Thrilling activities abound at Heavenly Mountain Resort at Lake Tahoe.
I’m peering over the side of the mountain, arms planted at my sides, knees slightly bent, heart racing, contemplating the steep drop and the turns that lie ahead. It’s not ski season, though I feel similarly—that same burst of adrenaline before making my descent down steep terrain at high altitude. Rather, I’m strapped into my seat, about to experience the Ridge Rider Mountain Coaster for the first time, a childlike grin spreading across my face as I push the sled’s levers forward and start to pick up speed.
The gravity-based alpine coaster is one of many on-mountain additions launched June 18 at Heavenly Mountain Resort as part of parent company Vail Resorts’ Epic Discovery initiative, which transports its wintertime ski destinations into summertime playgrounds for all ages, and all levels of adventurers, from daredevils to those daunted by heights. I find myself somewhere in the middle of this spectrum as I race down a 300-vertical-foot drop and loop around a track built into the side of the mountain. Though each sled gives individual riders full control of their speed, I don’t attempt to slow down; rather, I will myself not to touch the braking system as I whiz by trees and natural rock formations.
Somehow, I manage to take in the unparalleled scenic views of Lake Tahoe in the background while simultaneously conquering my fear of roller coasters and relinquishing control, knowing full well that when the ride is over, I’ll probably want to try it again. Such is the theme of my days spent with Epic Discovery at Heavenly: The activities are in a setting so beautiful that I almost forget about the intimidations—heights, high speeds, the unknown—which are squashed, too, by the sheer joy that each on-mountain thrill brings.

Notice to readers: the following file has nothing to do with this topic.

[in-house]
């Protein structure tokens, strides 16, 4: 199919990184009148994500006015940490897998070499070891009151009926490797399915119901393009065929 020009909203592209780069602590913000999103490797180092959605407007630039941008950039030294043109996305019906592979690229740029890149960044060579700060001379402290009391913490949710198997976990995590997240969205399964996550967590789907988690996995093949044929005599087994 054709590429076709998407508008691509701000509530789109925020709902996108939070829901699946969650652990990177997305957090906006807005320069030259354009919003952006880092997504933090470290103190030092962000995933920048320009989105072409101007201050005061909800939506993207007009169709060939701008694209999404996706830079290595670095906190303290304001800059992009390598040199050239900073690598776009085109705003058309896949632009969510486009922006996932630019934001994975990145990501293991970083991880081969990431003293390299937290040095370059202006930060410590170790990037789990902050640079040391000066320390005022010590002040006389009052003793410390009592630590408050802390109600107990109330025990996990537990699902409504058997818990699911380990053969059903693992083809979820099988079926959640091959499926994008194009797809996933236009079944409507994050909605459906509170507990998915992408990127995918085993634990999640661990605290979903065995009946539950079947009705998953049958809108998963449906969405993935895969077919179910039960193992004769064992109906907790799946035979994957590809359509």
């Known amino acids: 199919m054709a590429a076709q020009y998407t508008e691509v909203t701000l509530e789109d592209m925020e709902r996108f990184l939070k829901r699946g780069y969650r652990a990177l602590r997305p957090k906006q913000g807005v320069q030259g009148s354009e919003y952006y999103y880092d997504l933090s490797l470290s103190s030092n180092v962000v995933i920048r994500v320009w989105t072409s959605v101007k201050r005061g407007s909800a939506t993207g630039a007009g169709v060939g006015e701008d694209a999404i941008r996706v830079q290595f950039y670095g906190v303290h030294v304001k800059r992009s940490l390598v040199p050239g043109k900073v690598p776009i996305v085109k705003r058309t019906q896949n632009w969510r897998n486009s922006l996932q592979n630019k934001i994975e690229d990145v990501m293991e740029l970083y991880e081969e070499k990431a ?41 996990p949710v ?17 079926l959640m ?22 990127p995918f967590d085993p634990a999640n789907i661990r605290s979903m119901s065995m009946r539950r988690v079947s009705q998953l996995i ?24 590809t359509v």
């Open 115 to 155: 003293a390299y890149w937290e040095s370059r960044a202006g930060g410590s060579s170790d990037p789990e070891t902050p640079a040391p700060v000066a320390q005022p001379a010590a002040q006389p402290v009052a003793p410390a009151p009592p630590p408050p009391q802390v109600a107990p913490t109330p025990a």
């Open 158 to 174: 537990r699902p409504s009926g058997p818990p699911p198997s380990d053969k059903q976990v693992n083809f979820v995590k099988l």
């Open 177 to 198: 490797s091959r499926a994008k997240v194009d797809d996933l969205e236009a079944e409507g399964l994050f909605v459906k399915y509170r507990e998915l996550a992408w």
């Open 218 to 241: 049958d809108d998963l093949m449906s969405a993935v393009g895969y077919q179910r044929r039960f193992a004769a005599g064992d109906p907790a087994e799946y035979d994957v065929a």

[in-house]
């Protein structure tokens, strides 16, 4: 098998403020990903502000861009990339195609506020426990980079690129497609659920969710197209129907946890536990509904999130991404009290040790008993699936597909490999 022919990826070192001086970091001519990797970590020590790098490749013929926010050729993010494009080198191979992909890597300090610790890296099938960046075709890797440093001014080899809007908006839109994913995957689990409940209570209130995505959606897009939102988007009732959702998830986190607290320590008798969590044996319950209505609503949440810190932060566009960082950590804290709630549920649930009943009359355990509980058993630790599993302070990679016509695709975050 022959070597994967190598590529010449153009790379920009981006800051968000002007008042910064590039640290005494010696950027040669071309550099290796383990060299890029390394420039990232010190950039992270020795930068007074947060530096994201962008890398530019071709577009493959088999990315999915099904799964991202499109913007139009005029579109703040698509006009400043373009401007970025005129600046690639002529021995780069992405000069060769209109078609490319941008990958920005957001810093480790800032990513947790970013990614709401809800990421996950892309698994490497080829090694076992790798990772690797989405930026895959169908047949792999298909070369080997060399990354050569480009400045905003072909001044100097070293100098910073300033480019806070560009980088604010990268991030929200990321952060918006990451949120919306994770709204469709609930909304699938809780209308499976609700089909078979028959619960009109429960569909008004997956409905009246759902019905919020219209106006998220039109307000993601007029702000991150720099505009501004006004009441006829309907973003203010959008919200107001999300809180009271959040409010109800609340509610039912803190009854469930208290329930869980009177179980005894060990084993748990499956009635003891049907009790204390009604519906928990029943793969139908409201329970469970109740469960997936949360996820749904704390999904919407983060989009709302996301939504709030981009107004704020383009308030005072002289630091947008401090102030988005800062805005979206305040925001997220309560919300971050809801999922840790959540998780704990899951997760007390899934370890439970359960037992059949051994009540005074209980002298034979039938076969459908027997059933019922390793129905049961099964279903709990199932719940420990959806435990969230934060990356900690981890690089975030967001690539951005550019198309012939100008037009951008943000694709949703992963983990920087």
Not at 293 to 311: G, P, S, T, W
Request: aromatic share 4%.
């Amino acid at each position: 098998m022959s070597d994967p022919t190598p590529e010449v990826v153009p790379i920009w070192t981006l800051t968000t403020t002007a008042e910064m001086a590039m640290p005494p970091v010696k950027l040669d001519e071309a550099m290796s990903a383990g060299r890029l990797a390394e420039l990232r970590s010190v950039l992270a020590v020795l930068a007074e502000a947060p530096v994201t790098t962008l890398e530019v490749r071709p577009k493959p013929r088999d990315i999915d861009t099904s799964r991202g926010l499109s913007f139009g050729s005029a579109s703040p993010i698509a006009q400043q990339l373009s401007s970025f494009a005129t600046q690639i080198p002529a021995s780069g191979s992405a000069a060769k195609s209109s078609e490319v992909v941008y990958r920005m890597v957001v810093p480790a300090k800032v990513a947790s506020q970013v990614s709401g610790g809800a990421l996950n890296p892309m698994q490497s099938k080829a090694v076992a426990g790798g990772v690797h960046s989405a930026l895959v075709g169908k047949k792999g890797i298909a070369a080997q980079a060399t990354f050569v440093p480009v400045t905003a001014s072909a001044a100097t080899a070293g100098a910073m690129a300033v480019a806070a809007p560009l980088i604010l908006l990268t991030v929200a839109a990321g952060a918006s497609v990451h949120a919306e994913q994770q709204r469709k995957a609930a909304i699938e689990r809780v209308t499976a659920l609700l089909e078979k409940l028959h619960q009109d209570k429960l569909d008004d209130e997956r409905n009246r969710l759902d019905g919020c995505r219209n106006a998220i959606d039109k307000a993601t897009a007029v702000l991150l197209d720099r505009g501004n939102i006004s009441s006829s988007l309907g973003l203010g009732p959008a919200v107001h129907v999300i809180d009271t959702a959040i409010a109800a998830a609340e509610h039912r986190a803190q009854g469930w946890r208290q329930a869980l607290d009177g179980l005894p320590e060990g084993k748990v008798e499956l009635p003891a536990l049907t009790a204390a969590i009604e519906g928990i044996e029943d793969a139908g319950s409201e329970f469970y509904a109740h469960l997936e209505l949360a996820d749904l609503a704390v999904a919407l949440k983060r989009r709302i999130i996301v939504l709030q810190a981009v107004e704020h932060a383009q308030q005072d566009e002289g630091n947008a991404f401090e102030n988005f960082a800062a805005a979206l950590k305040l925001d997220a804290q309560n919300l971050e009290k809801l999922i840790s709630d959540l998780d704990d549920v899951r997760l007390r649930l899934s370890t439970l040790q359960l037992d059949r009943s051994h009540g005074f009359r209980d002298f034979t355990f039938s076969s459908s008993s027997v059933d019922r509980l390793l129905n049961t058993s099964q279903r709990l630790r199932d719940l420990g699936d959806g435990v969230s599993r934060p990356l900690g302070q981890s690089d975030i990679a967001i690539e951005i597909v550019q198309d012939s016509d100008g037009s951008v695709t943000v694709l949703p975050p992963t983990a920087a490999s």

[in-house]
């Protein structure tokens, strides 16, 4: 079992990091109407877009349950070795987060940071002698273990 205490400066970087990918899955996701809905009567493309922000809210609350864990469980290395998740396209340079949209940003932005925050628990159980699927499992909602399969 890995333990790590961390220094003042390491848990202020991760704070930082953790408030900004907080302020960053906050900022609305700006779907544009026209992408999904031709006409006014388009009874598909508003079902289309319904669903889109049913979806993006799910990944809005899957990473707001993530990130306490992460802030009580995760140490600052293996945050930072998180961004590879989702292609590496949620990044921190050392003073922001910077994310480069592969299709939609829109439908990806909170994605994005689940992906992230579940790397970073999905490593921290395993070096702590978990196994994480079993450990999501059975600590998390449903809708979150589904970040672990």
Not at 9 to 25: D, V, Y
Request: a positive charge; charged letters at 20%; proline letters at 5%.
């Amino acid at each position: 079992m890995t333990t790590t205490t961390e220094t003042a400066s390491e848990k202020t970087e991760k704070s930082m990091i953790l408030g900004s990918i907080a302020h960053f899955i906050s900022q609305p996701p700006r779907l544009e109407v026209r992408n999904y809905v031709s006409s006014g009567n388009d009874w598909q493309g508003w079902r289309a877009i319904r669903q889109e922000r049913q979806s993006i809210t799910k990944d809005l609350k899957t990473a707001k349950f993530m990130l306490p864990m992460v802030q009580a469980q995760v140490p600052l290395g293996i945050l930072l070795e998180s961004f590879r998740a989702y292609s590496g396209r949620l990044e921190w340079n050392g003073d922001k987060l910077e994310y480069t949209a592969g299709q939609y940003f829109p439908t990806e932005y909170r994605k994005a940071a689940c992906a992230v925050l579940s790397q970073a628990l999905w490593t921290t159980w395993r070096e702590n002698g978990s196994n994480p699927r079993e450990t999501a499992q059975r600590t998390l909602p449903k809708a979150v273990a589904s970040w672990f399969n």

Course of Nature
Though the coaster is arguably the most fun of the activities, it’s just the beginning of my itinerary at Heavenly’s Adventure Peak, which serves as the top-of-the-gondola base area and the hub of all the summer offerings. Before I know it, I’m stepping into a harness and being trained on how to brake and maneuver along a zip line—skills that come in handy when I embark on the Skyway Canopy Tour, which boasts seven unique zip lines, two aerial bridges and one rappel station.
I climb up a ladder to the first wooden platform, built around the trunk of a tree at a height significant enough to get my heart pounding before my guide says, “Zip away!” and I launch off, clutching the handles and keeping my eyes on the next platform ahead. Fortunately, the zip lines gradually increase in speed and length, so that when the seventh line comes into sight, I’m ready to relax and let my body propel forward while I enjoy the longer ride. And, after I rappel down the final platform, I’m still not sure what was more beautiful: the serene views of the national forest and the wildlife that surrounds me, or the glimmering blue of Lake Tahoe, visible in the distance for nearly the entire tour.